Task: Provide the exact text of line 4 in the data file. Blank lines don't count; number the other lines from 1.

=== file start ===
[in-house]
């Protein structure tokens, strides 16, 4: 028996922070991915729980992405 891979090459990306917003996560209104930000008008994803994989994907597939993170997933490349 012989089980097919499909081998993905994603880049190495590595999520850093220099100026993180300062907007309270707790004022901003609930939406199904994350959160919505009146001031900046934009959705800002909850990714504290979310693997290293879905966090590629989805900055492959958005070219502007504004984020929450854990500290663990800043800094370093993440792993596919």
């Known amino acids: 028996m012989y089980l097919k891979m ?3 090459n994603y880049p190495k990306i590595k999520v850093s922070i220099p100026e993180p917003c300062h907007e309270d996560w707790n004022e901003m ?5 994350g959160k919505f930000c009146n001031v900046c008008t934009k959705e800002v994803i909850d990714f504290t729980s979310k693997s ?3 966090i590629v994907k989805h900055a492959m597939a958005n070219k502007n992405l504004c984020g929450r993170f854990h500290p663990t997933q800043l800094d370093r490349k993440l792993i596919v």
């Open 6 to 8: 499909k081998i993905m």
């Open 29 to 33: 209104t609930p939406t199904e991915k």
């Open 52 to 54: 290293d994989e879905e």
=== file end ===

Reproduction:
């Open 6 to 8: 499909k081998i993905m």